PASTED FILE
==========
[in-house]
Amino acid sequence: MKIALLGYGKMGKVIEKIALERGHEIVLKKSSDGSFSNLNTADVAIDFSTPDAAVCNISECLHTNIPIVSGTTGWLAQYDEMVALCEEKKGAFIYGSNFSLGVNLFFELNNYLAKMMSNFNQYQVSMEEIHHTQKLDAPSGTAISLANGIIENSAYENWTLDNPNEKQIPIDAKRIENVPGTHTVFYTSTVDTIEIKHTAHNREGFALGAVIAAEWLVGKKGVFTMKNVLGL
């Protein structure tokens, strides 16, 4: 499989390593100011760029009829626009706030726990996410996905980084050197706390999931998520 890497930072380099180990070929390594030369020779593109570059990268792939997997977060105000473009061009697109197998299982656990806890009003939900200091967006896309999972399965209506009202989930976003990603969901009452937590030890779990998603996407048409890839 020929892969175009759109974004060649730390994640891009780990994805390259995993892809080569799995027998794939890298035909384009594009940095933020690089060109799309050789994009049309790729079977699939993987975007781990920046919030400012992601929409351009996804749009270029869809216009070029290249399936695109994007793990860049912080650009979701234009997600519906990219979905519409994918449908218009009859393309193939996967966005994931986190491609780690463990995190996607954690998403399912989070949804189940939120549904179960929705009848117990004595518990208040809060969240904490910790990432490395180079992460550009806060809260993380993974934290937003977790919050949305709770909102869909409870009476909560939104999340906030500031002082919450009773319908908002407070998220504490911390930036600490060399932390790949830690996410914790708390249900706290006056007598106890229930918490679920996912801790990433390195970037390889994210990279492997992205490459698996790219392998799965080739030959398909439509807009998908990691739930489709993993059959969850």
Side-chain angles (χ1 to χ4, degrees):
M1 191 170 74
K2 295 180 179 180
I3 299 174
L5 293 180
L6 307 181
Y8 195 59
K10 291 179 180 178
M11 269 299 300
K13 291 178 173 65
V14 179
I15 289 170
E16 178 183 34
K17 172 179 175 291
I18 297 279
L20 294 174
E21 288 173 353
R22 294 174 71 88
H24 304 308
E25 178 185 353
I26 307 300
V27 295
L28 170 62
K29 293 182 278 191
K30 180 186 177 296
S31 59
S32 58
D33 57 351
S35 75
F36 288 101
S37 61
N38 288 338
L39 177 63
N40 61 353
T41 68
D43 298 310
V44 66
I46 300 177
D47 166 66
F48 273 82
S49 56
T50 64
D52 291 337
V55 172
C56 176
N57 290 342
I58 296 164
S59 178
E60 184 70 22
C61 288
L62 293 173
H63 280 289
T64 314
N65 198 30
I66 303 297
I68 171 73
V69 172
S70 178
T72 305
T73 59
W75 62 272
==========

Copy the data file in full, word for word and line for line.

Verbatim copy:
[in-house]
Amino acid sequence: MKIALLGYGKMGKVIEKIALERGHEIVLKKSSDGSFSNLNTADVAIDFSTPDAAVCNISECLHTNIPIVSGTTGWLAQYDEMVALCEEKKGAFIYGSNFSLGVNLFFELNNYLAKMMSNFNQYQVSMEEIHHTQKLDAPSGTAISLANGIIENSAYENWTLDNPNEKQIPIDAKRIENVPGTHTVFYTSTVDTIEIKHTAHNREGFALGAVIAAEWLVGKKGVFTMKNVLGL
């Protein structure tokens, strides 16, 4: 499989390593100011760029009829626009706030726990996410996905980084050197706390999931998520 890497930072380099180990070929390594030369020779593109570059990268792939997997977060105000473009061009697109197998299982656990806890009003939900200091967006896309999972399965209506009202989930976003990603969901009452937590030890779990998603996407048409890839 020929892969175009759109974004060649730390994640891009780990994805390259995993892809080569799995027998794939890298035909384009594009940095933020690089060109799309050789994009049309790729079977699939993987975007781990920046919030400012992601929409351009996804749009270029869809216009070029290249399936695109994007793990860049912080650009979701234009997600519906990219979905519409994918449908218009009859393309193939996967966005994931986190491609780690463990995190996607954690998403399912989070949804189940939120549904179960929705009848117990004595518990208040809060969240904490910790990432490395180079992460550009806060809260993380993974934290937003977790919050949305709770909102869909409870009476909560939104999340906030500031002082919450009773319908908002407070998220504490911390930036600490060399932390790949830690996410914790708390249900706290006056007598106890229930918490679920996912801790990433390195970037390889994210990279492997992205490459698996790219392998799965080739030959398909439509807009998908990691739930489709993993059959969850």
Side-chain angles (χ1 to χ4, degrees):
M1 191 170 74
K2 295 180 179 180
I3 299 174
L5 293 180
L6 307 181
Y8 195 59
K10 291 179 180 178
M11 269 299 300
K13 291 178 173 65
V14 179
I15 289 170
E16 178 183 34
K17 172 179 175 291
I18 297 279
L20 294 174
E21 288 173 353
R22 294 174 71 88
H24 304 308
E25 178 185 353
I26 307 300
V27 295
L28 170 62
K29 293 182 278 191
K30 180 186 177 296
S31 59
S32 58
D33 57 351
S35 75
F36 288 101
S37 61
N38 288 338
L39 177 63
N40 61 353
T41 68
D43 298 310
V44 66
I46 300 177
D47 166 66
F48 273 82
S49 56
T50 64
D52 291 337
V55 172
C56 176
N57 290 342
I58 296 164
S59 178
E60 184 70 22
C61 288
L62 293 173
H63 280 289
T64 314
N65 198 30
I66 303 297
I68 171 73
V69 172
S70 178
T72 305
T73 59
W75 62 272